It’s been fascinating to watch the debates from #occupylsx, etc. as Malcolm Gillies calls for academia to follow the churches lead in debating ethics.
Academia must follow the Church’s lead in debating ethics, says Malcolm Gillies
We love to hate the Church of England. Born dubiously amid Henry VIII’s many wives, it seems ever since to have been in search of its own justification.
In recent weeks, as the Occupy people have been camping by St Paul’s Cathedral, the press has had a field day. Canons, deans and bishops have been caught at loggerheads; Canterbury and London have been depicted as in some ideological boxing contest; and a recent survey on the website PoliticsHome.com elicited comments such as “dithering”, “confused”, “foolish”, “naive” and “impotent” about the Church’s response to its Occupational dilemma.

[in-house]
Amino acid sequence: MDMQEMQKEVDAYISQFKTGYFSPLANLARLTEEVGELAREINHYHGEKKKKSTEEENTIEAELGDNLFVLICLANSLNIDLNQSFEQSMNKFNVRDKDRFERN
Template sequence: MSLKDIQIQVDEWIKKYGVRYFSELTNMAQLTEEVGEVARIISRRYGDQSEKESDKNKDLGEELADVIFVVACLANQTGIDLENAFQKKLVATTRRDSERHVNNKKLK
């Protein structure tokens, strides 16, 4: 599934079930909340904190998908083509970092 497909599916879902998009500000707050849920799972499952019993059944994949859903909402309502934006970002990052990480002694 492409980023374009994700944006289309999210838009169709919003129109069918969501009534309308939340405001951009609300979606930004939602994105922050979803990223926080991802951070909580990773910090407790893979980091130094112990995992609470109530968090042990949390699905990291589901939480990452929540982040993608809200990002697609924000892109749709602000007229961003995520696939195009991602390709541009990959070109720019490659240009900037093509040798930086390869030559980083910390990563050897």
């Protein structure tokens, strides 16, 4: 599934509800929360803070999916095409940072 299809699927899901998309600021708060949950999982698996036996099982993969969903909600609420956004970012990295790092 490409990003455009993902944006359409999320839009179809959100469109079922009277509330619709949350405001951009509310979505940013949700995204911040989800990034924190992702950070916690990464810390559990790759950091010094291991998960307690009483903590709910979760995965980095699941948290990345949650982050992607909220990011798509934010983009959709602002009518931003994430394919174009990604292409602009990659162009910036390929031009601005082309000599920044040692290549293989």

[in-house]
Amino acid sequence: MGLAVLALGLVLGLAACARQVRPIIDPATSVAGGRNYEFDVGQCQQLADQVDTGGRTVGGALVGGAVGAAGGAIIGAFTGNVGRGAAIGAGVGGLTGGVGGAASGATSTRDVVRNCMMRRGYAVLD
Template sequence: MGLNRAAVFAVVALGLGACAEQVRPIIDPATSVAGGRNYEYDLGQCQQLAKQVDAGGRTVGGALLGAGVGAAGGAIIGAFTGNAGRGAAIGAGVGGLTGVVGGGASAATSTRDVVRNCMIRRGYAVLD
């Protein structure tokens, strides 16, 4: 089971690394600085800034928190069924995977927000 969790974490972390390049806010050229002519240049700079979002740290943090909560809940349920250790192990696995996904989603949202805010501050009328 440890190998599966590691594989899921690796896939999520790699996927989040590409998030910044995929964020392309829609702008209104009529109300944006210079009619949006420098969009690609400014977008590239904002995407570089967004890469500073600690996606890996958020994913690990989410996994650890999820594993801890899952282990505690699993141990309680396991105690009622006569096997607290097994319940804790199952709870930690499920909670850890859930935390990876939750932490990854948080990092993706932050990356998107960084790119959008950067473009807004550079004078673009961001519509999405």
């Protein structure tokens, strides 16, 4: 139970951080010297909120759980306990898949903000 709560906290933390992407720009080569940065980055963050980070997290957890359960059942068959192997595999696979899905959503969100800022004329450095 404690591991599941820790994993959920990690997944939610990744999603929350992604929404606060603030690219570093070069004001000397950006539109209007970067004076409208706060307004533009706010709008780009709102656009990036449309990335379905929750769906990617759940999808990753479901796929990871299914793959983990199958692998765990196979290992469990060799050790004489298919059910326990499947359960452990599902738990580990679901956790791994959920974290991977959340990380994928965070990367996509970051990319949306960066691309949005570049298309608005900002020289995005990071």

This is a double misfortune because the Occupy people really wanted to occupy the London Stock Exchange next door. It was capitalism, not God, that they were after. But, hemmed in by the police, the nearest space they could secure was St Paul’s forecourt. Suddenly, triggered by a health and safety ruling, the cathedral itself became front-page news. And remains so.
Recent weeks suggest also why we might love the Church of England, too. Yes, the Church couldn’t make up its mind whether to evict the Occupy people or not. But why? Because, the Church honestly reflected the huge and uncertain debate in society. No, it isn’t clear what Jesus would have done.
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